While our internal modeling requires expertise and a deep understanding of the dynamics and processes, the most important part for us is transparency in communicating the uncertainties and limitations to our users. We believe that the most effective way to have truly informed, longstanding users is to be transparent about the limitations, uncertainties and assumptions involved in this new and complex area of climate risk modeling. It benefits no one to create black box models for uninformed users, as this will likely only lead to frustration and a superficial treatment of climate risk. Neither of which will help financial institutions understand, quantify, and respond to the climate risks that could dramatically affect their business models. At this early stage in climate risk modeling, the models should be used as guides, not answers, to help understand how the future might unfold under different scenarios. This is only possible with transparent modeling and truly informed users.
The article says that “risk disclosure and decision-making across many levels of economic activity has leap-frogged the current capabilities of climate science and climate models by at least a decade.” While it’s difficult to say exactly how far behind these models are, it is true that the GCMs as they are do not directly address current risk disclosure and decision-making processes. However, this doesn’t mean that they are entirely useless. We just need to be clear about the limitations and uncertainties of the GCMs and how they are used, as the authors continually stress. While we generally agree with the points made in the article, we must not let perfect be the enemy of good as financial institutions begin to act on a changing world. Climate risk modeling for the financial sector will continue to evolve and we at Planetrics are committed to supporting the industry on this journey by putting forward the best available scientific insights.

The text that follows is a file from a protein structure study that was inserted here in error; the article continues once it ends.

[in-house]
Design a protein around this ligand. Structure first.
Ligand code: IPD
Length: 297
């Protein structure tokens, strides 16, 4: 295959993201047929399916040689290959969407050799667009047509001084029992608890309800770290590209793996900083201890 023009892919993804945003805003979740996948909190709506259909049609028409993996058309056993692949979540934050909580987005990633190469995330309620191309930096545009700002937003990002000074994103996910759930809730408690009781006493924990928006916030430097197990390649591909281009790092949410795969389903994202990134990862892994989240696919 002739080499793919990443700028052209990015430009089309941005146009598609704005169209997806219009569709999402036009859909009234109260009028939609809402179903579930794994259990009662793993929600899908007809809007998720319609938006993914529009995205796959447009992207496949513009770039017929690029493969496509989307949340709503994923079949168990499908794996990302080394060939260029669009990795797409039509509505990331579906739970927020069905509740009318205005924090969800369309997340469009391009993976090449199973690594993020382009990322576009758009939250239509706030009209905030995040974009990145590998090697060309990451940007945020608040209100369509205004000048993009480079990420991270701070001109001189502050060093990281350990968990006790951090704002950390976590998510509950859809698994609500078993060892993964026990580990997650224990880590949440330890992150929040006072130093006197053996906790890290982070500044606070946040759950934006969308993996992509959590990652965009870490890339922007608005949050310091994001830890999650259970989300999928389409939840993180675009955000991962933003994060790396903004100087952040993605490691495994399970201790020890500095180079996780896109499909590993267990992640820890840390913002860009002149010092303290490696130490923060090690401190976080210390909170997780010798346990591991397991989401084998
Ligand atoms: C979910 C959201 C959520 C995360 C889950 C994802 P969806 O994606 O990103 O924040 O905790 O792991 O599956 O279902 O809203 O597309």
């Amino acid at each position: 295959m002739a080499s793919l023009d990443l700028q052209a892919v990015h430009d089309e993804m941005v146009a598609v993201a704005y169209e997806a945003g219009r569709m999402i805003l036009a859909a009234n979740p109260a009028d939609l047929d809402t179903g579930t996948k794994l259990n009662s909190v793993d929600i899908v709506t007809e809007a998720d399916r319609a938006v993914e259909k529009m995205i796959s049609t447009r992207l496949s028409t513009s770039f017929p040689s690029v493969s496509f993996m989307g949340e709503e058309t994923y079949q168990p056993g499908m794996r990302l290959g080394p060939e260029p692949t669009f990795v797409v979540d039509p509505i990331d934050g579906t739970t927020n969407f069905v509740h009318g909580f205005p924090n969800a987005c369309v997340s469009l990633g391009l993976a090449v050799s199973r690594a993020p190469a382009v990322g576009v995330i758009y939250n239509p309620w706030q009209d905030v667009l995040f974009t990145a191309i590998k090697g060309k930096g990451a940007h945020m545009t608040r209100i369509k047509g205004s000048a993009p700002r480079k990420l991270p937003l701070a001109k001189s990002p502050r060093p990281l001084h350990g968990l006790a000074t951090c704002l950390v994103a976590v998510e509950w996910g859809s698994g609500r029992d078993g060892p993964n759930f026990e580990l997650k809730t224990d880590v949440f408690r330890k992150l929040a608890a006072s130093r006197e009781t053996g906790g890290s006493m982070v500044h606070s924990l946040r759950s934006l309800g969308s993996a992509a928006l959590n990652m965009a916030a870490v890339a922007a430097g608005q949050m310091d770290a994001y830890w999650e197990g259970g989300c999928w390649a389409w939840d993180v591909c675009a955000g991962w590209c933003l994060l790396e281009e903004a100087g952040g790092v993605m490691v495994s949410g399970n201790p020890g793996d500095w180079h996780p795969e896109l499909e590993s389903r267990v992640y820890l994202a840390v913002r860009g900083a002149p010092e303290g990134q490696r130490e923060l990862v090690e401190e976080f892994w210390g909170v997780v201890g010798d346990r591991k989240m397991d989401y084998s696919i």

About the author
Josh has a background in physical risk modeling, insurance and climate change. At Planetrics he combines these skills to develop and deliver cutting edge climate change analytics and tools for our clients. Email Josh at Joshua.Woodbury@planetrics.com.